Our greatest fear is not that we are inadequate, but that we are powerful beyond measure. It is our light, not our darkness, that frightens us. We ask ourselves, who am I to be brilliant, gorgeous, handsome, talented, and fabulous? Actually, who are you not to be? You are a child of God. Your playing small does not serve the world. There is nothing enlightened about shrinking so that other people won’t feel insecure around you. We were born to make manifest the glory of God within us. It is not just in some; it is in everyone. And, as we let our own light shine, we unconsciously give other people permission to do the same. As we are liberated from our fear, our presence automatically liberates others. Marianne Williamson, A Return to Love: Reflections on the Principles of “A Course in Miracles” quoted by Nelson Mandela in his inaugural speech of 10 May 1994

    Keep moving. Continually co-create yourself. Let your actions be learned and practiced but not slavishly habitual. Play. Pretend. Always be aware that you have choices. Solve your problems as they arise.

    Find your balance — that place between (a) spontaneity and intuition and (b) wisdom and orderliness. Napoleon Hill, in The Law of Success, maintains that the most successful people are those who trust their sixth sense.

    Assignment 33.2

    garden-of-eden-print-c10101487

    1. Make a list of 100 things you want. We’ll call these your goals. The items on your list can be grand or trivial: a movie you want to see, a new restaurant you want to try, habits you want to form, things you want to do before you die, places you want to visit, people you’d like to meet, desired changes in relationships….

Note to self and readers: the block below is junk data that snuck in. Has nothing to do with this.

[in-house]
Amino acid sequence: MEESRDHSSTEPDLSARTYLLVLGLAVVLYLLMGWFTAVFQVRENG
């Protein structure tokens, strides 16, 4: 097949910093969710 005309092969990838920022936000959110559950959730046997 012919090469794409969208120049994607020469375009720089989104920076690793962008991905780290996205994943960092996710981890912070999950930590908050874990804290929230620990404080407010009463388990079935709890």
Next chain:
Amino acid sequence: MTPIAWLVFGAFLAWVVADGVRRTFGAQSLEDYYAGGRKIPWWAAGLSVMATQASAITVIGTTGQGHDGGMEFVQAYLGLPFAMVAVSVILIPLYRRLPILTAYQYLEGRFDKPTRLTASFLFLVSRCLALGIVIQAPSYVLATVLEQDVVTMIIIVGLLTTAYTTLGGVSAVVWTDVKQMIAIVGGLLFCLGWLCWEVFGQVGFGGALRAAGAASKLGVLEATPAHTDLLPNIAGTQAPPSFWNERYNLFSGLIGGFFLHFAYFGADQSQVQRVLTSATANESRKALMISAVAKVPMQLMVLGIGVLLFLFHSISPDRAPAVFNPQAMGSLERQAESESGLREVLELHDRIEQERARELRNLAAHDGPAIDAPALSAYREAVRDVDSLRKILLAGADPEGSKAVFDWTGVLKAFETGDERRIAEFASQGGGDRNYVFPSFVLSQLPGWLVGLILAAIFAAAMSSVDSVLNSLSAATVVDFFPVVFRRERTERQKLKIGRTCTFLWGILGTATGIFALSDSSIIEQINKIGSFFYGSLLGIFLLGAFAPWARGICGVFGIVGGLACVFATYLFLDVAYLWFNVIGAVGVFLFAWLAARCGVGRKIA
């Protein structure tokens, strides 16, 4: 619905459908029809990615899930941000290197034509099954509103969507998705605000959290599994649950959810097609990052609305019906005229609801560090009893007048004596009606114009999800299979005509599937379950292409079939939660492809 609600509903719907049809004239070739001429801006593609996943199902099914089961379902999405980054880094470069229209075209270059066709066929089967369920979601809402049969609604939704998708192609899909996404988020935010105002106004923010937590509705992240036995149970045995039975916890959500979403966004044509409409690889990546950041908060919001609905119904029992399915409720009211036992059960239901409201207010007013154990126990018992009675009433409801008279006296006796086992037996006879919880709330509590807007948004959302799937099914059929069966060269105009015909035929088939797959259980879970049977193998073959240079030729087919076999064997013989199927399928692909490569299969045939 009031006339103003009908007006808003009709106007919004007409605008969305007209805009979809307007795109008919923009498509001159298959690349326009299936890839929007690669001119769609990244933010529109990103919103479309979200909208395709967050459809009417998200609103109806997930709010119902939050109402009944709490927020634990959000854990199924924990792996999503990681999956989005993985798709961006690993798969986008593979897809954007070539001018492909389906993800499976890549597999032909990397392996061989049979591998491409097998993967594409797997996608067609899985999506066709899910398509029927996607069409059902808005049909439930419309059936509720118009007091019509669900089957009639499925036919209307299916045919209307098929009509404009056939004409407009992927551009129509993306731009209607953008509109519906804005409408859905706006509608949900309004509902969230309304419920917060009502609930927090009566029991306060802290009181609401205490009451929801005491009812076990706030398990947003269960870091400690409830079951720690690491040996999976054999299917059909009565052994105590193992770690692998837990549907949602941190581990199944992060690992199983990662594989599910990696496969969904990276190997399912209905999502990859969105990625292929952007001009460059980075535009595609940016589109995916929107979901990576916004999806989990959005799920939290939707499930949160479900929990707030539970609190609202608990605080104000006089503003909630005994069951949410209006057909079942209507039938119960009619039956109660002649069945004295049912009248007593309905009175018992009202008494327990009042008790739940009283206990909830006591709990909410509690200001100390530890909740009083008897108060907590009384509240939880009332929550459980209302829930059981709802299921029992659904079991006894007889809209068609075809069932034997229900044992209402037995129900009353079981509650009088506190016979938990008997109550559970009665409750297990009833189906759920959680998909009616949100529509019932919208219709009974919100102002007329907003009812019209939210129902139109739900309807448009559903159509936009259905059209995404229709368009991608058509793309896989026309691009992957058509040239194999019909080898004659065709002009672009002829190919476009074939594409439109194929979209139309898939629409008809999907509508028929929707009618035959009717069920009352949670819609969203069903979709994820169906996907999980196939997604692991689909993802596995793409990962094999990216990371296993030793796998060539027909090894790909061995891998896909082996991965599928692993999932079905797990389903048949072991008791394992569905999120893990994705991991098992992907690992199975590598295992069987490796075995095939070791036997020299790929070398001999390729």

2. Choose just one thing from your list. It makes absolutely no difference which goal you choose.
    3. Write loosely in prose about, or make a diagram of, the distance between you and the goal and the steps you can take to overcome that distance. Conclude with reaching the goal.
    4. Close your eyes and imagine, but don’t write down, how you will feel when your goal is reached.
    5. Condense your prose into a Spenserian sonnet with the rhyme scheme abab, bcbc, cdcd, ee. An example is the following sonnet (1595) by the English poet Edmund Spenser. The metrical pattern is generally iambic pentameter, and it is easier to discern if you understand that, four hundred years ago, many words were pronounced differently, with added syllables. The first line, for example, might have been spoken thus: “Hap-PY [or, more likely, HAP-py, making the line slightly irregular] ye LEAV-es! WHEN those LIL-y HANDS”; and the word derived in line 10 was probably pronounced “de-RIVE-ed.”

      Happy ye leaves! when those lily hands, (a)
      Which hold my life in their dead doing might, (b)
      Shall handle you, and hold in love’s soft bands, (a)
      Like captives trembling at the victor’s sight. (b)
      And happy lines on which, with starry light, (b)
      Those lamping eyes will deign sometimes to look,(c)
      And read the sorrows of my dying sprite, (b)
      Written with tears in heart’s close bleeding book. (c)
      And happy rhymes! bathed in the sacred brook (c)
      Of Helicon, whence she derived is, (d)
      When ye behold that angel’s blessed look, (c)
      My soul’s long lacked food, my heaven’s bliss. (d)
      Leaves, lines, and rhymes seek her to please alone, (e)
      Whom if ye please, I care for other none. (e)

      NOTE: Do not overtly express your feelings of victory or accomplishment in your poem. Let your artistry, and the rhetorical devices you use, do that for you.

      • Send your assignment via e-mail to Mary@LifeIsPoetry.net. I will not grade your assignment, but I will return it to you with comments.
      • Keep exploring the meditations at www.LifeIsPoetry.net, and continue with your meditation journal.

      Edmund Spenser 1552-1599
      Edmund Spenser 1552-1599